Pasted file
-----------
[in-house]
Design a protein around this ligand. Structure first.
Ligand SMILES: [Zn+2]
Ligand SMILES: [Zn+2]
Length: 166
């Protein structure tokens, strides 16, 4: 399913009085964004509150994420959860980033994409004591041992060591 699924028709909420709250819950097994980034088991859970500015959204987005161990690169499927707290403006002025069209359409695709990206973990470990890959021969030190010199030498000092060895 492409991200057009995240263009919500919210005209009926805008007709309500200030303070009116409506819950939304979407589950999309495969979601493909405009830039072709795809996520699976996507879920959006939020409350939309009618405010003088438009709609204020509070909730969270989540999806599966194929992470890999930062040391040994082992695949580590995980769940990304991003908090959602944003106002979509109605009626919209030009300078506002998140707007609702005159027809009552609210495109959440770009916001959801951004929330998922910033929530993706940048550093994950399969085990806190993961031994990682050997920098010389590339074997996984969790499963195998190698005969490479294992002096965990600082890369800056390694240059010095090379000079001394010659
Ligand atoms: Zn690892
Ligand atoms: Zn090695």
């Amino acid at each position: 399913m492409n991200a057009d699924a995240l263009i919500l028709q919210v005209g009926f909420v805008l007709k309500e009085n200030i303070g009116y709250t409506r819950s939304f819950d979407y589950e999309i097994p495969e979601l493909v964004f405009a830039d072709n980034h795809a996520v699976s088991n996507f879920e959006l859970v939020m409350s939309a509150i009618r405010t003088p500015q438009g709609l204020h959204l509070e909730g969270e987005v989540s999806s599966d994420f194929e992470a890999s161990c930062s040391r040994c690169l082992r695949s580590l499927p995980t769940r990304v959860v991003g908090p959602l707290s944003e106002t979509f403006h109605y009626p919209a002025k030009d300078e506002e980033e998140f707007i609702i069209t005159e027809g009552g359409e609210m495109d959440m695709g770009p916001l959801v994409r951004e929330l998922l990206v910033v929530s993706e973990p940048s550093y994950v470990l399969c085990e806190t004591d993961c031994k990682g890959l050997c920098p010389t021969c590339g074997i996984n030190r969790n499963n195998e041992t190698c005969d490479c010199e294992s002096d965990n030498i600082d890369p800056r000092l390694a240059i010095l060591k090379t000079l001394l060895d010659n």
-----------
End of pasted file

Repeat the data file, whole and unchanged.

[in-house]
Design a protein around this ligand. Structure first.
Ligand SMILES: [Zn+2]
Ligand SMILES: [Zn+2]
Length: 166
């Protein structure tokens, strides 16, 4: 399913009085964004509150994420959860980033994409004591041992060591 699924028709909420709250819950097994980034088991859970500015959204987005161990690169499927707290403006002025069209359409695709990206973990470990890959021969030190010199030498000092060895 492409991200057009995240263009919500919210005209009926805008007709309500200030303070009116409506819950939304979407589950999309495969979601493909405009830039072709795809996520699976996507879920959006939020409350939309009618405010003088438009709609204020509070909730969270989540999806599966194929992470890999930062040391040994082992695949580590995980769940990304991003908090959602944003106002979509109605009626919209030009300078506002998140707007609702005159027809009552609210495109959440770009916001959801951004929330998922910033929530993706940048550093994950399969085990806190993961031994990682050997920098010389590339074997996984969790499963195998190698005969490479294992002096965990600082890369800056390694240059010095090379000079001394010659
Ligand atoms: Zn690892
Ligand atoms: Zn090695």
């Amino acid at each position: 399913m492409n991200a057009d699924a995240l263009i919500l028709q919210v005209g009926f909420v805008l007709k309500e009085n200030i303070g009116y709250t409506r819950s939304f819950d979407y589950e999309i097994p495969e979601l493909v964004f405009a830039d072709n980034h795809a996520v699976s088991n996507f879920e959006l859970v939020m409350s939309a509150i009618r405010t003088p500015q438009g709609l204020h959204l509070e909730g969270e987005v989540s999806s599966d994420f194929e992470a890999s161990c930062s040391r040994c690169l082992r695949s580590l499927p995980t769940r990304v959860v991003g908090p959602l707290s944003e106002t979509f403006h109605y009626p919209a002025k030009d300078e506002e980033e998140f707007i609702i069209t005159e027809g009552g359409e609210m495109d959440m695709g770009p916001l959801v994409r951004e929330l998922l990206v910033v929530s993706e973990p940048s550093y994950v470990l399969c085990e806190t004591d993961c031994k990682g890959l050997c920098p010389t021969c590339g074997i996984n030190r969790n499963n195998e041992t190698c005969d490479c010199e294992s002096d965990n030498i600082d890369p800056r000092l390694a240059i010095l060591k090379t000079l001394l060895d010659n």